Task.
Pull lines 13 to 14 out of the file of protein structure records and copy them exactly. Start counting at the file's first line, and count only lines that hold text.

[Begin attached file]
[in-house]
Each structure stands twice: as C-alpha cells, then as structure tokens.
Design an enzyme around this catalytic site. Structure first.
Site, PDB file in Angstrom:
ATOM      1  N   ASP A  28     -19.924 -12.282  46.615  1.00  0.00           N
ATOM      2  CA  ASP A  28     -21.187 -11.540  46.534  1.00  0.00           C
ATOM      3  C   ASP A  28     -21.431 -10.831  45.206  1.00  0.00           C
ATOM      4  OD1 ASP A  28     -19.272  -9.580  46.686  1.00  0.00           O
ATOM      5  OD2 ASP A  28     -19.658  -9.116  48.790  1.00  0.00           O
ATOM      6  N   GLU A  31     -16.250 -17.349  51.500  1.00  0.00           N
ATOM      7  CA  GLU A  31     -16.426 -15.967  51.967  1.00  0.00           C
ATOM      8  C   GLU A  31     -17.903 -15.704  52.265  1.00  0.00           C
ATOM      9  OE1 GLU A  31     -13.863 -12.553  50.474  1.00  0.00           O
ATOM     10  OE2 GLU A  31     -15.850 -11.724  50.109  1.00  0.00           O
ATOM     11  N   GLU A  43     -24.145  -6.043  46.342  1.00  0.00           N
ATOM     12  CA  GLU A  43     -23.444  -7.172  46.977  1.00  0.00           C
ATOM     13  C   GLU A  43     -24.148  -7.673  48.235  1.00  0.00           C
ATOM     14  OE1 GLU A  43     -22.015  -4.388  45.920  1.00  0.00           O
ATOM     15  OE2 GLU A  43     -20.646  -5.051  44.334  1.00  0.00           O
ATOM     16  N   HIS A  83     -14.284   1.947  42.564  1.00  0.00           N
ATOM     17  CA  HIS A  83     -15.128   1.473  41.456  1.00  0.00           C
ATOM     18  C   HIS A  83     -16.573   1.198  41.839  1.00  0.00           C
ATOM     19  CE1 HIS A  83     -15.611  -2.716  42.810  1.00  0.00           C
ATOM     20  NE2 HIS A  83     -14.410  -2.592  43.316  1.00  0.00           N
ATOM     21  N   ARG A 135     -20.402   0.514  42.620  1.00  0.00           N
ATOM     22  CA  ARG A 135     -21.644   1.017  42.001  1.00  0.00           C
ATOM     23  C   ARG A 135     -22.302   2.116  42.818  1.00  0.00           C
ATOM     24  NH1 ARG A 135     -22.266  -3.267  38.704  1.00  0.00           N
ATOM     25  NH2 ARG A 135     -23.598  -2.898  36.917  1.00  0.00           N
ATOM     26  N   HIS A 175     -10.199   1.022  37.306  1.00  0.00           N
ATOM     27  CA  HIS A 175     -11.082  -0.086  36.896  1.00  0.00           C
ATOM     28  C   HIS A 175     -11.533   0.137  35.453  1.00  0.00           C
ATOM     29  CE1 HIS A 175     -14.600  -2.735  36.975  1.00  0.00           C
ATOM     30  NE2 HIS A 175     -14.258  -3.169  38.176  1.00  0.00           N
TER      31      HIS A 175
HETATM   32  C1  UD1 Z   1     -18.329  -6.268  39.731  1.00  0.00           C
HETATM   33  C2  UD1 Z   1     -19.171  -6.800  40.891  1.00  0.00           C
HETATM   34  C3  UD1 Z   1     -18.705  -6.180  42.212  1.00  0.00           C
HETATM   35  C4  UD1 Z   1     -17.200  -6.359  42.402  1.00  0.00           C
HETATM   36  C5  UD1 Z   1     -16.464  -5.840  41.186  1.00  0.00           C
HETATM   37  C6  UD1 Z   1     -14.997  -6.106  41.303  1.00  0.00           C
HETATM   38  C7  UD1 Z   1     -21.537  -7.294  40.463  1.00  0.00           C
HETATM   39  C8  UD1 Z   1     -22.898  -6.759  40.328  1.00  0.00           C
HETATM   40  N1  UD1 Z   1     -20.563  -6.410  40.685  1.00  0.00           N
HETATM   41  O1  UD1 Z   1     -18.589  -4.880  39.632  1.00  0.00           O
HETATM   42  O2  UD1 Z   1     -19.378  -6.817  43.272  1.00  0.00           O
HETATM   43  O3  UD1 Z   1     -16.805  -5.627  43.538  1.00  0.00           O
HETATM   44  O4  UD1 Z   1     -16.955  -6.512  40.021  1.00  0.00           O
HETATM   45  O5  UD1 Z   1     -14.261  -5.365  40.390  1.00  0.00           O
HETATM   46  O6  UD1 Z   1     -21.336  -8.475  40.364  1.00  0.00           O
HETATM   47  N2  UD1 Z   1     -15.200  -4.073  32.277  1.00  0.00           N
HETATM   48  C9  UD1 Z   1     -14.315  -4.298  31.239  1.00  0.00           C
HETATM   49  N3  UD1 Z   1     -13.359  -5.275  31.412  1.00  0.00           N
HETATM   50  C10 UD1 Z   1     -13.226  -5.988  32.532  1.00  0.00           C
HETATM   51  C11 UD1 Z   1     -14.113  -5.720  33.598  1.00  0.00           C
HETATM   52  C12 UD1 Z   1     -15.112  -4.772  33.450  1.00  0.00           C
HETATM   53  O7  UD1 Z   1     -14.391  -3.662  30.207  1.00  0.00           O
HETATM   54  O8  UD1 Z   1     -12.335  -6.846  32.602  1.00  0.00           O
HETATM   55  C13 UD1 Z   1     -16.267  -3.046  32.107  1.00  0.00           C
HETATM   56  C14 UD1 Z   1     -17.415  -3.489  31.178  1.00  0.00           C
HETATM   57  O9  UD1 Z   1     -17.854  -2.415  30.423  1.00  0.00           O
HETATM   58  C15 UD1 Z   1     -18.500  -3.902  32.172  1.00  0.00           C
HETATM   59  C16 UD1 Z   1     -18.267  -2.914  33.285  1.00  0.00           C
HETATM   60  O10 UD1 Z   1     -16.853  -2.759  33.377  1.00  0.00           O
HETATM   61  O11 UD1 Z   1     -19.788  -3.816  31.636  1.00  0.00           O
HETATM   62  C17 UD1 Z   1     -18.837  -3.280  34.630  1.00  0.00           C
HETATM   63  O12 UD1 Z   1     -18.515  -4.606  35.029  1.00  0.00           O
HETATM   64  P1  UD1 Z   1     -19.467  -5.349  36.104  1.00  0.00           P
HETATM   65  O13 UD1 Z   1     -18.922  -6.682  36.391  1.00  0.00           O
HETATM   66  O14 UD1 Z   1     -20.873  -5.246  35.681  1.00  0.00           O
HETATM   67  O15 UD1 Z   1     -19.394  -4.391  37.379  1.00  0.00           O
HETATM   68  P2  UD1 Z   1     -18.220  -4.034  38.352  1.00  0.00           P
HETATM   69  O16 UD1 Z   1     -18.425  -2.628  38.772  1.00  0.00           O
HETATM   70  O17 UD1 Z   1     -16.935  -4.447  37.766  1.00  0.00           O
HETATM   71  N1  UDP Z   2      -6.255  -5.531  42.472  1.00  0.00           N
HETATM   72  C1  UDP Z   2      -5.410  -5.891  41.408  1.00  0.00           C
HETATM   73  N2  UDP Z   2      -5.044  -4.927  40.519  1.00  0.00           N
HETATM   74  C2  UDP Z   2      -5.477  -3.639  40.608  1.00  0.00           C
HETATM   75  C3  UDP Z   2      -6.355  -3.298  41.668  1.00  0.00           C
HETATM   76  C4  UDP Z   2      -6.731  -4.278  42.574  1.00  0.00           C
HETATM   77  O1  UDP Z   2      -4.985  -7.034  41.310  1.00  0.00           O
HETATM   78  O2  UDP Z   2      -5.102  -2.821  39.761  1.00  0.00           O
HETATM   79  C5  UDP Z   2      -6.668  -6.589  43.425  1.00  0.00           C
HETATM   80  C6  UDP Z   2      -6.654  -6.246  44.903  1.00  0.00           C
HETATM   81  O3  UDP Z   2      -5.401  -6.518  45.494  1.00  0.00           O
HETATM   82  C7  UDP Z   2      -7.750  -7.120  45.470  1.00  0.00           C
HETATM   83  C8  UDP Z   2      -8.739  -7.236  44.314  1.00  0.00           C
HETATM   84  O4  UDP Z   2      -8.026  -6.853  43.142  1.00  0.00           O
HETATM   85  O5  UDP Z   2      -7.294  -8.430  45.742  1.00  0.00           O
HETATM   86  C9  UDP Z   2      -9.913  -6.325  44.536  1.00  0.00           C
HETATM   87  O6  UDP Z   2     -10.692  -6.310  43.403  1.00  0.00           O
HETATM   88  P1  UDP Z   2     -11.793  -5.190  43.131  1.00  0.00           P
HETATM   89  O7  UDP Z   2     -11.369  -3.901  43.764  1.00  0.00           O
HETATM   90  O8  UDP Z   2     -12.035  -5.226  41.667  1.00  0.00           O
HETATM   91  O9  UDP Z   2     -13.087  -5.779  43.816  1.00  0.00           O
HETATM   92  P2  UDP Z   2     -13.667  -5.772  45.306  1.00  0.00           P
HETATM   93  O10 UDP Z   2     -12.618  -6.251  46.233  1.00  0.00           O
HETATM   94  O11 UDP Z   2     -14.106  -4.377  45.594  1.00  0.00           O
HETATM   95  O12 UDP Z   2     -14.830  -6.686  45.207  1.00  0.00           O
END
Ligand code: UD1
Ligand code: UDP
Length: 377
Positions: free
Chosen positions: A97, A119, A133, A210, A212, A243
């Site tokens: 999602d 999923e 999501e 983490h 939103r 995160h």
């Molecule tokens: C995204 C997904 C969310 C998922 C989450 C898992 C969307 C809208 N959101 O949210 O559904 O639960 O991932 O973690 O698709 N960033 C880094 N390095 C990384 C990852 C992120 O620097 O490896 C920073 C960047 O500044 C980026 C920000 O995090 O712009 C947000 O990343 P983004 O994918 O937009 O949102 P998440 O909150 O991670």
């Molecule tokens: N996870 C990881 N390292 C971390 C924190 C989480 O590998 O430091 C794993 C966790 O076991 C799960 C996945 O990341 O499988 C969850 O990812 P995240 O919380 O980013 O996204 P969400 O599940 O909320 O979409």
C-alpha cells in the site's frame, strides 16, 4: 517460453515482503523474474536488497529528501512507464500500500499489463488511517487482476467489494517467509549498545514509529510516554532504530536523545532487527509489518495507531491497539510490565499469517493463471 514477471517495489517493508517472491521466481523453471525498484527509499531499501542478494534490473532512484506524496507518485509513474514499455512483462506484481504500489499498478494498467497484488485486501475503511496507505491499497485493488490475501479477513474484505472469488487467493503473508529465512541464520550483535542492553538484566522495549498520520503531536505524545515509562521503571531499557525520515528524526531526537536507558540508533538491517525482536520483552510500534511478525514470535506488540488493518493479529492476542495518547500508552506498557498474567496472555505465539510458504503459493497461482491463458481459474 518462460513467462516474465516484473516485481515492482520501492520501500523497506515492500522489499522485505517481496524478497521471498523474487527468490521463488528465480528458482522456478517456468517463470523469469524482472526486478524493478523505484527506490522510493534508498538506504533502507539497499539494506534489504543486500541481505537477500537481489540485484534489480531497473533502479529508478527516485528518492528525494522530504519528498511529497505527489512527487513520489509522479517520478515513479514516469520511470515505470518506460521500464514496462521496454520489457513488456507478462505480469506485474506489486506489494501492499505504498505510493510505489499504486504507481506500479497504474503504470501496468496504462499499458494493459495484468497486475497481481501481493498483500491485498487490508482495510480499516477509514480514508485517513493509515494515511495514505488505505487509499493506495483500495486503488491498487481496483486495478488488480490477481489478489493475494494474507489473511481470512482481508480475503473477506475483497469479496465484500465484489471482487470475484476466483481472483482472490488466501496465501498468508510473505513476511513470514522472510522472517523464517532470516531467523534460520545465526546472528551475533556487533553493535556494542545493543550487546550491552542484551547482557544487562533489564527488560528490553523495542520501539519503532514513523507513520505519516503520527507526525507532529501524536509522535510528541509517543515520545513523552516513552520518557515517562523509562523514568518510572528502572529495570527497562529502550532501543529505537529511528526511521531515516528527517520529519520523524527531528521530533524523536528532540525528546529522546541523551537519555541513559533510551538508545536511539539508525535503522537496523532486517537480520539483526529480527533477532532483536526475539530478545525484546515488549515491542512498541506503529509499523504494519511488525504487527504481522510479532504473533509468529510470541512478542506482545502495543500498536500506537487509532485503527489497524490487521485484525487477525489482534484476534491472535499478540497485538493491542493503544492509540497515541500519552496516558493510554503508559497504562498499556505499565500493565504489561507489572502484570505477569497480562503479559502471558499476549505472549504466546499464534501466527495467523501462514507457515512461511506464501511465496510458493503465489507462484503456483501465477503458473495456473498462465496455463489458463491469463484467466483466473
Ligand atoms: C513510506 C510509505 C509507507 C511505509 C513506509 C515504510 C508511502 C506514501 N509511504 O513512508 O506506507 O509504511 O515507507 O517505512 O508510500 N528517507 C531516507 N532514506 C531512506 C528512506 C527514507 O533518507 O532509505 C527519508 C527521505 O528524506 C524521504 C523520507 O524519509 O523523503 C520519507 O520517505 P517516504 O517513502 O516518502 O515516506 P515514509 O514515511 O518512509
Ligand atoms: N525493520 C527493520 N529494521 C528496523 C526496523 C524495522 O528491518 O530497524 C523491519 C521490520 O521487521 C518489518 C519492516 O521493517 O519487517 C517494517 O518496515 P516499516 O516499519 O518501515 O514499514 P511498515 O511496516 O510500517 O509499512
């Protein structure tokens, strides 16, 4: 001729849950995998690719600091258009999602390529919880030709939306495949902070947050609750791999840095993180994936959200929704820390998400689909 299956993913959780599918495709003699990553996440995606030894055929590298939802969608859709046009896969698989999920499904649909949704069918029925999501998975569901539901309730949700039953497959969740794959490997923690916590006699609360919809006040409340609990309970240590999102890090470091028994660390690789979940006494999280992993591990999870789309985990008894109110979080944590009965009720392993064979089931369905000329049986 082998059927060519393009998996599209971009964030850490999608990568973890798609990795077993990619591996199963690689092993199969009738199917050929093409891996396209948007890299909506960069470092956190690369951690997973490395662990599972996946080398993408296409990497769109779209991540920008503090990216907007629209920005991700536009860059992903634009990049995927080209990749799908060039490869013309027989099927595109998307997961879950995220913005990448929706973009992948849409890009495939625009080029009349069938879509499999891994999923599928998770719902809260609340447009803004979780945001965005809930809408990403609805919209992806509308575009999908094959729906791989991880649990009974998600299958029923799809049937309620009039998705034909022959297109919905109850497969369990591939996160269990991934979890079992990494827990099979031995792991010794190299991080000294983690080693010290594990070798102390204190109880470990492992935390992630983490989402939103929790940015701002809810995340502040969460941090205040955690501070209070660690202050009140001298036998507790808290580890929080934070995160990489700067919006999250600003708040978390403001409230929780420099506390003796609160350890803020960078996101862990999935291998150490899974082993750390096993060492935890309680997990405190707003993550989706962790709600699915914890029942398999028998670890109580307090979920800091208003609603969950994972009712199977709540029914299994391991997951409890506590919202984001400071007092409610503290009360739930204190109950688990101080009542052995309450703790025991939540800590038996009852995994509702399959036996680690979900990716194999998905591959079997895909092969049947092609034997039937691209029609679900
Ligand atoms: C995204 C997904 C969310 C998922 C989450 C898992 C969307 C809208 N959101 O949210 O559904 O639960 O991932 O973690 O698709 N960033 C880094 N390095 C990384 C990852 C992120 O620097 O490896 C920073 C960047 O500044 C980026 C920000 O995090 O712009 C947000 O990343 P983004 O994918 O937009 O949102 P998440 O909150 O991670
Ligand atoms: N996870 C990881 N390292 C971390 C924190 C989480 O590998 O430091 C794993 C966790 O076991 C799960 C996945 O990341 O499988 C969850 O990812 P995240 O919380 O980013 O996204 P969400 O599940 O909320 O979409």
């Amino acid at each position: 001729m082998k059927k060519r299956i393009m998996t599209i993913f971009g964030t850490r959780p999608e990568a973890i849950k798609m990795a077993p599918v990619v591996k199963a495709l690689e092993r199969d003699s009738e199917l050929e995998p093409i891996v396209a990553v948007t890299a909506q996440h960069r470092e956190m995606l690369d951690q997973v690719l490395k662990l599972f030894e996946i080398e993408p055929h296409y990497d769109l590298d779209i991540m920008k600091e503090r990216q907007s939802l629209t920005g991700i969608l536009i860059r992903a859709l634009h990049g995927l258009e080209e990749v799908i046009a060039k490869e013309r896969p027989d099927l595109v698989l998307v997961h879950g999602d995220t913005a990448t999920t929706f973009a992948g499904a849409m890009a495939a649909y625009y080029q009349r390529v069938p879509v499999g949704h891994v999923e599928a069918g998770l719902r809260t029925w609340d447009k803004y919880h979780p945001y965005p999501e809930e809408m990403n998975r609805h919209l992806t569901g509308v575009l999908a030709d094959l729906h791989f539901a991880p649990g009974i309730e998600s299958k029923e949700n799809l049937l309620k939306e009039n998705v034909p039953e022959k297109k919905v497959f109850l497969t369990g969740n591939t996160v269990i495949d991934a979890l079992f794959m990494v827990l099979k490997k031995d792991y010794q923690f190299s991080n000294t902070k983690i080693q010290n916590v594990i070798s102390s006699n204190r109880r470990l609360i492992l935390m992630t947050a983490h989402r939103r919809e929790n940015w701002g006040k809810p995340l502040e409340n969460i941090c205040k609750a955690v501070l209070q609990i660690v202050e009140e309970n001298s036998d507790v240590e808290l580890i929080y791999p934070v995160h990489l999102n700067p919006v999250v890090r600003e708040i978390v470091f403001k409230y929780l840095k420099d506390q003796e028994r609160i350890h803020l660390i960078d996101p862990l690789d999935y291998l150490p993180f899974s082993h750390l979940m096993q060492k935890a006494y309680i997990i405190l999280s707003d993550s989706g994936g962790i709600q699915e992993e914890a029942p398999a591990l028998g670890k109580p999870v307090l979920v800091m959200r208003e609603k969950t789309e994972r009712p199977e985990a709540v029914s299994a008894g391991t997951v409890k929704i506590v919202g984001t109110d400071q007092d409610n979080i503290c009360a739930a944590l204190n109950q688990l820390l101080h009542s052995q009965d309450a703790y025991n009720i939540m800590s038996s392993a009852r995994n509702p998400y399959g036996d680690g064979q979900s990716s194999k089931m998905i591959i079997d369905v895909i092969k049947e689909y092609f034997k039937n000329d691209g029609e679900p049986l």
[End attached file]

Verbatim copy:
ATOM      9  OE1 GLU A  31     -13.863 -12.553  50.474  1.00  0.00           O
ATOM     10  OE2 GLU A  31     -15.850 -11.724  50.109  1.00  0.00           O